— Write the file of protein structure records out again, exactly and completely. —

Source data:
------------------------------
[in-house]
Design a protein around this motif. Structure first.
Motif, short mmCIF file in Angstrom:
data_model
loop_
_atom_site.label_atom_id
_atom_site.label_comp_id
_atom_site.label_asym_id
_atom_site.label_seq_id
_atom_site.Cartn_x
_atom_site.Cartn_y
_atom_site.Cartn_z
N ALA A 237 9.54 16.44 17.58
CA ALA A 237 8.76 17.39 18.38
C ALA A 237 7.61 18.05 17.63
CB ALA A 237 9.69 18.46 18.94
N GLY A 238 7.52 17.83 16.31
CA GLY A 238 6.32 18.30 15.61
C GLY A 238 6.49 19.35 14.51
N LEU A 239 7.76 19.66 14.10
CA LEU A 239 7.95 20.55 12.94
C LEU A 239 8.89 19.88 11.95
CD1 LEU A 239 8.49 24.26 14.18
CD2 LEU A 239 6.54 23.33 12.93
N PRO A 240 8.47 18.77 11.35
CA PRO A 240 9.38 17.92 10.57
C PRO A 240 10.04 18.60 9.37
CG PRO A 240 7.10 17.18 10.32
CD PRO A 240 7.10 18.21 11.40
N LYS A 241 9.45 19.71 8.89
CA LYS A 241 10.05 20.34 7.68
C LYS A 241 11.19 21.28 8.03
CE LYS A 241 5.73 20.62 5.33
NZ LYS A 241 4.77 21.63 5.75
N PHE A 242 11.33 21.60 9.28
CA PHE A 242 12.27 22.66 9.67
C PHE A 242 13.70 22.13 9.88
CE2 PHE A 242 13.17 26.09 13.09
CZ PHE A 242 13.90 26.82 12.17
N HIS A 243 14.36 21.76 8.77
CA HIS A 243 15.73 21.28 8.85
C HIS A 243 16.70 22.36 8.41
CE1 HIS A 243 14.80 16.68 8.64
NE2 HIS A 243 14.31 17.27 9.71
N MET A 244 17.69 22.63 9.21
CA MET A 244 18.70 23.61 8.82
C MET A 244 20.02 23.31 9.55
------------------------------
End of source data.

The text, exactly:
[in-house]
Design a protein around this motif. Structure first.
Motif, short mmCIF file in Angstrom:
data_model
loop_
_atom_site.label_atom_id
_atom_site.label_comp_id
_atom_site.label_asym_id
_atom_site.label_seq_id
_atom_site.Cartn_x
_atom_site.Cartn_y
_atom_site.Cartn_z
N ALA A 237 9.54 16.44 17.58
CA ALA A 237 8.76 17.39 18.38
C ALA A 237 7.61 18.05 17.63
CB ALA A 237 9.69 18.46 18.94
N GLY A 238 7.52 17.83 16.31
CA GLY A 238 6.32 18.30 15.61
C GLY A 238 6.49 19.35 14.51
N LEU A 239 7.76 19.66 14.10
CA LEU A 239 7.95 20.55 12.94
C LEU A 239 8.89 19.88 11.95
CD1 LEU A 239 8.49 24.26 14.18
CD2 LEU A 239 6.54 23.33 12.93
N PRO A 240 8.47 18.77 11.35
CA PRO A 240 9.38 17.92 10.57
C PRO A 240 10.04 18.60 9.37
CG PRO A 240 7.10 17.18 10.32
CD PRO A 240 7.10 18.21 11.40
N LYS A 241 9.45 19.71 8.89
CA LYS A 241 10.05 20.34 7.68
C LYS A 241 11.19 21.28 8.03
CE LYS A 241 5.73 20.62 5.33
NZ LYS A 241 4.77 21.63 5.75
N PHE A 242 11.33 21.60 9.28
CA PHE A 242 12.27 22.66 9.67
C PHE A 242 13.70 22.13 9.88
CE2 PHE A 242 13.17 26.09 13.09
CZ PHE A 242 13.90 26.82 12.17
N HIS A 243 14.36 21.76 8.77
CA HIS A 243 15.73 21.28 8.85
C HIS A 243 16.70 22.36 8.41
CE1 HIS A 243 14.80 16.68 8.64
NE2 HIS A 243 14.31 17.27 9.71
N MET A 244 17.69 22.63 9.21
CA MET A 244 18.70 23.61 8.82
C MET A 244 20.02 23.31 9.55